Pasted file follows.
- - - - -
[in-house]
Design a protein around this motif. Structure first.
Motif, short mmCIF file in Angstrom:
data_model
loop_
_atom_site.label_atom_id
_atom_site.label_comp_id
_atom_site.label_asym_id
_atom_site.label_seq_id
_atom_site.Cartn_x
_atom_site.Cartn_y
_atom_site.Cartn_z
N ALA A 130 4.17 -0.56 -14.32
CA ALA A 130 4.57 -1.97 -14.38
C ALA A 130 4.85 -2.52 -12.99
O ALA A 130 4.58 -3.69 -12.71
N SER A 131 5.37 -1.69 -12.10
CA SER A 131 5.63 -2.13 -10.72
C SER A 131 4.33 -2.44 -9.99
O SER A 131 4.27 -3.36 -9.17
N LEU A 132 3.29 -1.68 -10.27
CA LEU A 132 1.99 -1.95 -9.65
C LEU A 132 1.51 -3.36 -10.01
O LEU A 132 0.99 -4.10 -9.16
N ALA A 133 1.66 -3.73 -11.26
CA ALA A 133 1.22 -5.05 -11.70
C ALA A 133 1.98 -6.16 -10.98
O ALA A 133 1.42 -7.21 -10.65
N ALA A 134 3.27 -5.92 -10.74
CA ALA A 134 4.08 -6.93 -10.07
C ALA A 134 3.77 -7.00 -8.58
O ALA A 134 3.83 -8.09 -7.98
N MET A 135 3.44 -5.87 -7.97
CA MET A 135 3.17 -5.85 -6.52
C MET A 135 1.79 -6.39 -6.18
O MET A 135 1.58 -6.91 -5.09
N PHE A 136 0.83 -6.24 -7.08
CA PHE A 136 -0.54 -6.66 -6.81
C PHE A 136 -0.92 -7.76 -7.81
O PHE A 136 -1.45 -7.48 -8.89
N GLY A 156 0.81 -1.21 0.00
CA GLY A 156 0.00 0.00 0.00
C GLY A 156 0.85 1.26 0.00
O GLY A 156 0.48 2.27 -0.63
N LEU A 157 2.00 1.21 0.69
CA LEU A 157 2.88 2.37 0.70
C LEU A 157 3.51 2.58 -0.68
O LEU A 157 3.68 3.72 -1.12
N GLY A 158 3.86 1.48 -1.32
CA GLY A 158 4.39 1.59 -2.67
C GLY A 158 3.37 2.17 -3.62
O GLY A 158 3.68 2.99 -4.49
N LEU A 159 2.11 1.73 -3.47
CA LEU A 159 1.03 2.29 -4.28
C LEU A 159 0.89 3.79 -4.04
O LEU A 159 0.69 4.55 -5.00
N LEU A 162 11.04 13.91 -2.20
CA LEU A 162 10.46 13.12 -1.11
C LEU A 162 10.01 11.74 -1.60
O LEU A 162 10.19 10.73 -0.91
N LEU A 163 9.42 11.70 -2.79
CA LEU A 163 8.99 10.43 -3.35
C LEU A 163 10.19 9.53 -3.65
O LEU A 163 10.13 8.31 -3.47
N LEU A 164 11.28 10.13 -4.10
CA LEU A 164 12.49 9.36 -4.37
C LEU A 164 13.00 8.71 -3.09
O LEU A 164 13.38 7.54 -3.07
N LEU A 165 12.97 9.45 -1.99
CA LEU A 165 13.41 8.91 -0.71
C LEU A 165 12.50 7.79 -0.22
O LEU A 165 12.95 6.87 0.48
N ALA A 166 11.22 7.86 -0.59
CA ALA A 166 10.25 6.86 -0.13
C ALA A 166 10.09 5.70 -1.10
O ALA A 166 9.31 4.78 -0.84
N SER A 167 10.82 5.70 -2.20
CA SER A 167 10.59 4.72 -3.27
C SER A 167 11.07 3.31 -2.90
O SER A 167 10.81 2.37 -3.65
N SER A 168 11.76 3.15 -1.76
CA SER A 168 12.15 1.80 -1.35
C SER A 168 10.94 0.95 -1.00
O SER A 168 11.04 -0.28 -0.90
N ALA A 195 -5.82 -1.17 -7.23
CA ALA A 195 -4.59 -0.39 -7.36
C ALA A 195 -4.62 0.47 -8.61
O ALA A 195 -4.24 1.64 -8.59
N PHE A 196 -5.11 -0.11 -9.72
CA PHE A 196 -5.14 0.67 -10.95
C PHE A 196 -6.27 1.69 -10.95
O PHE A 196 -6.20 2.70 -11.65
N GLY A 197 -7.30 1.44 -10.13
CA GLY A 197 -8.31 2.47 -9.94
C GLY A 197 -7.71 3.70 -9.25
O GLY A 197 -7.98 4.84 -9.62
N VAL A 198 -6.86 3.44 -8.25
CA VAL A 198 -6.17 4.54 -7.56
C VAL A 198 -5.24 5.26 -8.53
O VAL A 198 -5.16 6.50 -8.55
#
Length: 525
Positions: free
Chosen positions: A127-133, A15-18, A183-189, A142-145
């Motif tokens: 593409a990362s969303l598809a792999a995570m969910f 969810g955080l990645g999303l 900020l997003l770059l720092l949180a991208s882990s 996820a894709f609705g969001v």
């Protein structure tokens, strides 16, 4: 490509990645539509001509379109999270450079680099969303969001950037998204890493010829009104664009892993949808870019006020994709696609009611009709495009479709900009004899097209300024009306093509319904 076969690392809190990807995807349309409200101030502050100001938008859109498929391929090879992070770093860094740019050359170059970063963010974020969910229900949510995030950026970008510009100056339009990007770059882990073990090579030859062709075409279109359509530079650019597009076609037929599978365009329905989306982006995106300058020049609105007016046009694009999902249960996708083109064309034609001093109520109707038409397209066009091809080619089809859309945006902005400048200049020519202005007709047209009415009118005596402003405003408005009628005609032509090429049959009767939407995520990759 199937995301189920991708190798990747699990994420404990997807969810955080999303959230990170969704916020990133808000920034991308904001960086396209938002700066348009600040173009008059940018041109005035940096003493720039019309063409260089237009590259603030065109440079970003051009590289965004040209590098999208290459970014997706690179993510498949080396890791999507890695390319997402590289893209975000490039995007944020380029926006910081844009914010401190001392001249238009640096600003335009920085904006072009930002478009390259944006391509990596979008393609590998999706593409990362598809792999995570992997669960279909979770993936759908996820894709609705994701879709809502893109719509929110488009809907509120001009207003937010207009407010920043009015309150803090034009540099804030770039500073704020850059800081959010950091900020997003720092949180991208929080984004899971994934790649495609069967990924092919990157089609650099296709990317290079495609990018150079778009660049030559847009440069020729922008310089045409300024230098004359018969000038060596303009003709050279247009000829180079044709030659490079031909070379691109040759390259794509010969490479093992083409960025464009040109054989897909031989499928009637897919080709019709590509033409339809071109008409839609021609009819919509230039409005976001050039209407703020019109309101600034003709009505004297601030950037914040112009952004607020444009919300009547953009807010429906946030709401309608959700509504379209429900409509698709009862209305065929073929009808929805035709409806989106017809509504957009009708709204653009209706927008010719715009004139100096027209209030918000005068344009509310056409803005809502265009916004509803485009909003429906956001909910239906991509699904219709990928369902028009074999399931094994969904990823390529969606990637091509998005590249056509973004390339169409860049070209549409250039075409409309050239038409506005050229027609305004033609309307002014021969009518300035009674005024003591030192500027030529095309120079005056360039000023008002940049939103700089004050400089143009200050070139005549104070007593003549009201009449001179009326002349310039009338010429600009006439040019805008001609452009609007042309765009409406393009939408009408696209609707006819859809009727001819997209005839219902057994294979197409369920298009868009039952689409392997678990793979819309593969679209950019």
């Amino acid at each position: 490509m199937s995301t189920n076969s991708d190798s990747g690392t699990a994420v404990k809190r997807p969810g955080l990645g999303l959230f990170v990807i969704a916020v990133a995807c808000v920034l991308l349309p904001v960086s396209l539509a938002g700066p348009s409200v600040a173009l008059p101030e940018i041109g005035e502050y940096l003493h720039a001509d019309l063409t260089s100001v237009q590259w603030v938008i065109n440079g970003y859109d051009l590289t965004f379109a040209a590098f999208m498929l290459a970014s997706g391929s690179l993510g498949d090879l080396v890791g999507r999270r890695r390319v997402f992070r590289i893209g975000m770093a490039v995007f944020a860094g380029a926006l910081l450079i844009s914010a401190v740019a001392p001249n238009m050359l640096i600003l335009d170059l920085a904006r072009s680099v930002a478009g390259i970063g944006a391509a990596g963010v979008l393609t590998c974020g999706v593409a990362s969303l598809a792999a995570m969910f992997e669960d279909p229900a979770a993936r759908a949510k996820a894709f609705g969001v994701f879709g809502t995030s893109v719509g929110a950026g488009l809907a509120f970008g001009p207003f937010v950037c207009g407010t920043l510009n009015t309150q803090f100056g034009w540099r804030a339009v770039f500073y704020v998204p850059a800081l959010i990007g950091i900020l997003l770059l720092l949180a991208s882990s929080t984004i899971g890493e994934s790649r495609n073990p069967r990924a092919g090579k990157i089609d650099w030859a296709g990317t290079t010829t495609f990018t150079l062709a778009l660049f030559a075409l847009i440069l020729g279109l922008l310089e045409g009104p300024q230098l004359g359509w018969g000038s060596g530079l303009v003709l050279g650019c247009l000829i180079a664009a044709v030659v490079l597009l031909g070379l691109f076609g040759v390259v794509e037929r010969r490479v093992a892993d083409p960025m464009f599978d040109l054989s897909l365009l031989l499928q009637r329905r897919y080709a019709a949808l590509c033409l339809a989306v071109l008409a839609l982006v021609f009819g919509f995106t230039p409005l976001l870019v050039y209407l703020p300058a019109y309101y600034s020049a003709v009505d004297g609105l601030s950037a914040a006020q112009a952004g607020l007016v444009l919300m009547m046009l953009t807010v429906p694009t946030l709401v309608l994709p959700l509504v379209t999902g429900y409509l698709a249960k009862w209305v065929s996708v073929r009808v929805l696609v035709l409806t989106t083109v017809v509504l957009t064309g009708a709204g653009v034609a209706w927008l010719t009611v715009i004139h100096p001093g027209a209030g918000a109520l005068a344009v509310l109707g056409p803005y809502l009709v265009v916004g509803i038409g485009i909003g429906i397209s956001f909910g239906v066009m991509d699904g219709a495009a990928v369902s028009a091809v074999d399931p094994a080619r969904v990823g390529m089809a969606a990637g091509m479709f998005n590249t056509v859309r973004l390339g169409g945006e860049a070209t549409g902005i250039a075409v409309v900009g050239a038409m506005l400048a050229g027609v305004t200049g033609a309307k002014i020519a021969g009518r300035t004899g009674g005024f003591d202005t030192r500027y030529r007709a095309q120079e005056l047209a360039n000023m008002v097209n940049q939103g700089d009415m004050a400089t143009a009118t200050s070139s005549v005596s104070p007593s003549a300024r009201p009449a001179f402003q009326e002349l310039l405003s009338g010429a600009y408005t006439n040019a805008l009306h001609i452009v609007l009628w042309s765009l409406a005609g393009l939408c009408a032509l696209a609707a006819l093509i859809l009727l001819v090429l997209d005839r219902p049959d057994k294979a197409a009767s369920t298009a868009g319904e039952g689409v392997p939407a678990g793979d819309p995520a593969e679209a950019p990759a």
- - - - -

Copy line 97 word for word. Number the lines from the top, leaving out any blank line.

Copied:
N VAL A 198 -6.86 3.44 -8.25